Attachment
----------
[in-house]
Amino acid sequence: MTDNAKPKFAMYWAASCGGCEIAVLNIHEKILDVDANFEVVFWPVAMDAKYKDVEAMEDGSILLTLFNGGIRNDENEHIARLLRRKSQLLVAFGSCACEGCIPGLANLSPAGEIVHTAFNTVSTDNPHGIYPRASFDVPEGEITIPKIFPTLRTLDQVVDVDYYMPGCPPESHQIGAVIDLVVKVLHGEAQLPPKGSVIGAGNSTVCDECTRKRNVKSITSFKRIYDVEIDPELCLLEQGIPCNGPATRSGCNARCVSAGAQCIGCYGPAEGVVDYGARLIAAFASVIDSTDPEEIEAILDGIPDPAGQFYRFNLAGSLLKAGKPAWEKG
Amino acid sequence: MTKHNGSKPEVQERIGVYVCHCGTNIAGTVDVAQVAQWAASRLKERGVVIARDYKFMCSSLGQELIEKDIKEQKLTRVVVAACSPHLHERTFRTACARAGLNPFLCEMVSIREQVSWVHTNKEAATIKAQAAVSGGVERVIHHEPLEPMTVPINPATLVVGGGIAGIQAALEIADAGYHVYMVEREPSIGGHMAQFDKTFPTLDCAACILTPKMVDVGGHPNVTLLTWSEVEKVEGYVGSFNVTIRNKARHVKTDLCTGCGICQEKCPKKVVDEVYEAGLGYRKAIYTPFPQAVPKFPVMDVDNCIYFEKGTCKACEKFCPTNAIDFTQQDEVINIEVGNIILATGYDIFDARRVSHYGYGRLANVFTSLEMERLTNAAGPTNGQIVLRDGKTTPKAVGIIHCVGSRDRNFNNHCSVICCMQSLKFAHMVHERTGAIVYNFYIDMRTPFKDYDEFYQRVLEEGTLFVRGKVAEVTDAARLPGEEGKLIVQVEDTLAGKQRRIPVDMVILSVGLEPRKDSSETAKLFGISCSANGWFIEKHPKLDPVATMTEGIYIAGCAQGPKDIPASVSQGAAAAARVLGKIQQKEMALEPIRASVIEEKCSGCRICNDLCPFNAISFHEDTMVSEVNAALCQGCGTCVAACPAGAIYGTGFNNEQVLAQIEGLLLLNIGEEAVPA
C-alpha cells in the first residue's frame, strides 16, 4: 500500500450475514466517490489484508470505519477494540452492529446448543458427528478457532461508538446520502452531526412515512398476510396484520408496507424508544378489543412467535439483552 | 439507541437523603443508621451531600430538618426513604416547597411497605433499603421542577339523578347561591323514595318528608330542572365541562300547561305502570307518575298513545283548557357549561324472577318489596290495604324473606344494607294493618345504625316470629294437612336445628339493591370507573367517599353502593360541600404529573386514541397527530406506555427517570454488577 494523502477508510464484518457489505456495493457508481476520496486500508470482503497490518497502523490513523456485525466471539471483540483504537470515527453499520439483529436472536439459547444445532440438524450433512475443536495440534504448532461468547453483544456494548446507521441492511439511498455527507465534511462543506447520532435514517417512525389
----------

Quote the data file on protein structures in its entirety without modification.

[in-house]
Amino acid sequence: MTDNAKPKFAMYWAASCGGCEIAVLNIHEKILDVDANFEVVFWPVAMDAKYKDVEAMEDGSILLTLFNGGIRNDENEHIARLLRRKSQLLVAFGSCACEGCIPGLANLSPAGEIVHTAFNTVSTDNPHGIYPRASFDVPEGEITIPKIFPTLRTLDQVVDVDYYMPGCPPESHQIGAVIDLVVKVLHGEAQLPPKGSVIGAGNSTVCDECTRKRNVKSITSFKRIYDVEIDPELCLLEQGIPCNGPATRSGCNARCVSAGAQCIGCYGPAEGVVDYGARLIAAFASVIDSTDPEEIEAILDGIPDPAGQFYRFNLAGSLLKAGKPAWEKG
Amino acid sequence: MTKHNGSKPEVQERIGVYVCHCGTNIAGTVDVAQVAQWAASRLKERGVVIARDYKFMCSSLGQELIEKDIKEQKLTRVVVAACSPHLHERTFRTACARAGLNPFLCEMVSIREQVSWVHTNKEAATIKAQAAVSGGVERVIHHEPLEPMTVPINPATLVVGGGIAGIQAALEIADAGYHVYMVEREPSIGGHMAQFDKTFPTLDCAACILTPKMVDVGGHPNVTLLTWSEVEKVEGYVGSFNVTIRNKARHVKTDLCTGCGICQEKCPKKVVDEVYEAGLGYRKAIYTPFPQAVPKFPVMDVDNCIYFEKGTCKACEKFCPTNAIDFTQQDEVINIEVGNIILATGYDIFDARRVSHYGYGRLANVFTSLEMERLTNAAGPTNGQIVLRDGKTTPKAVGIIHCVGSRDRNFNNHCSVICCMQSLKFAHMVHERTGAIVYNFYIDMRTPFKDYDEFYQRVLEEGTLFVRGKVAEVTDAARLPGEEGKLIVQVEDTLAGKQRRIPVDMVILSVGLEPRKDSSETAKLFGISCSANGWFIEKHPKLDPVATMTEGIYIAGCAQGPKDIPASVSQGAAAAARVLGKIQQKEMALEPIRASVIEEKCSGCRICNDLCPFNAISFHEDTMVSEVNAALCQGCGTCVAACPAGAIYGTGFNNEQVLAQIEGLLLLNIGEEAVPA
C-alpha cells in the first residue's frame, strides 16, 4: 500500500450475514466517490489484508470505519477494540452492529446448543458427528478457532461508538446520502452531526412515512398476510396484520408496507424508544378489543412467535439483552 | 439507541437523603443508621451531600430538618426513604416547597411497605433499603421542577339523578347561591323514595318528608330542572365541562300547561305502570307518575298513545283548557357549561324472577318489596290495604324473606344494607294493618345504625316470629294437612336445628339493591370507573367517599353502593360541600404529573386514541397527530406506555427517570454488577 494523502477508510464484518457489505456495493457508481476520496486500508470482503497490518497502523490513523456485525466471539471483540483504537470515527453499520439483529436472536439459547444445532440438524450433512475443536495440534504448532461468547453483544456494548446507521441492511439511498455527507465534511462543506447520532435514517417512525389